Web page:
We managed to source a new radiator & as can be seen in the photo, the old one had most definitely had its day!

Triumph Street Triple

The Triumph was first brought to us in October 2018 & was not charging. The customer advised that a new reg/rec had recently been fitted but it hadn’t made any difference to the charging issues he was experiencing.

Daniel first tested the new regulator rectifier which was not charging @ 12.4V.

He then checked the stator output: AC voltages at 3000rpm = Pin 1 30Va/c, Pin 2 30V a/c, Pin 3 20V a/c & he concluded that there was bad wiring in stator Pin 3. He also found that the regulator rectifier had 2 power & 2 earths going into thin wires (2 into 1) causing high resistance. The wires were cut & replacement plug fitted & connected back into the correct plug-in wiring loom.

Daniel then fitted a new patten stator, which we attempted to advise we could not guarantee would be robust enough for the Triumph (supplied by the customer)

As we removed the old stator, we found coils burnt upon removal.

Once fitted, the new stator was then charging at 14.2v under load at idle. This was tested & was charging at 14.10v @ idle & 14.30v under load. 12.10.18. Once the bike was road tested, it went home.

In January 2019, the Triumph was brought back to us as it was not charging again. The Triumph had only been ridden for 650 miles & upon investigation the stator was found to be burnt out again.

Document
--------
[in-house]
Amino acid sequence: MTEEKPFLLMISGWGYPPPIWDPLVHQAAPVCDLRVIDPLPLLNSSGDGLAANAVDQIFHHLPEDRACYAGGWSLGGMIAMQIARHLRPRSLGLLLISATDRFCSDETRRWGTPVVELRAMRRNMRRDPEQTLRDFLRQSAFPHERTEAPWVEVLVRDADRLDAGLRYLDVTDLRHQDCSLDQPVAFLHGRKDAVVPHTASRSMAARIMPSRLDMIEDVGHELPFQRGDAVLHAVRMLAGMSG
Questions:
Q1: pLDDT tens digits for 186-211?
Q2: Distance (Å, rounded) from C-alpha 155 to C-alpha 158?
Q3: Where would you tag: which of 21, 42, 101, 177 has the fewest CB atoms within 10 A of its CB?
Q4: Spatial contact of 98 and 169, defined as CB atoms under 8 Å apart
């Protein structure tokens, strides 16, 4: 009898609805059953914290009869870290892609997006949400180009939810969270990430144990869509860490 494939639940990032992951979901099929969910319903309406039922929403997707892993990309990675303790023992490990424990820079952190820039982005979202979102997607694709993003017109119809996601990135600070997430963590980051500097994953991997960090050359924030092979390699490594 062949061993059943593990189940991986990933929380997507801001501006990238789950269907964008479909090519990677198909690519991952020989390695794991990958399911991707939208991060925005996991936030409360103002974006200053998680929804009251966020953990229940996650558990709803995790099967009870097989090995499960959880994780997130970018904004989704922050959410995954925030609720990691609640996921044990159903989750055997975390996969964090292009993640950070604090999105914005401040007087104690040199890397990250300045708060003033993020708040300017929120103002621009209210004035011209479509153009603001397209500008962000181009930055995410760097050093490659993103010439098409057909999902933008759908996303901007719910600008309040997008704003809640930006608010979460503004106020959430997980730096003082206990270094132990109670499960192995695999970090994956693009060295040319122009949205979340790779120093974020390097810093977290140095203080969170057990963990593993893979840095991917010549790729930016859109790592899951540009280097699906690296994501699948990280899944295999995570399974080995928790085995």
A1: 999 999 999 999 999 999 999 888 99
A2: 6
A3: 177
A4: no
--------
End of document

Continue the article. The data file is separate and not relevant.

It was noted at the time of finding the stator was burnt out again, that the pattern of the burn matched the pattern from the stator from October 2018. This led us to undertake some research on the motorcycle in question.

We discovered that the Triumph Street Triple range 2005-2009 were on an original recall due to a faulty regulator/rectifier. The reg/rec was overheating in its original position & under the recall a new one was fitted in a different location.

As mentioned before, we had been advised by the customer in October 2018 that he had replaced the regulator/rectifier with a non-genuine Triumph part as he felt that this was to blame for the charging issue.

Despite us having to advise again that using a non-genuine part may not be robust enough for the Triumph, the customer asked us to arrange to return the burnt patten stator to the supplier & ask for another under warranty.

Having re-fitted another patten stator under warranty, the Triumph was charging at 13.1v at idle & 14.2 at 2000rpm.

Having seen that in some cases patten parts are not robust enough for certain jobs, we now do not fit patten stators as a matter of principal, as we have seen too many fail over the past few years. Although initially financially easier on the pocket, it becomes a false economy if they continually fail.

Yamaha R6

A few years ago we welcomed a Yamaha R6 to the workshop, which the customer advised had not run for 5 months.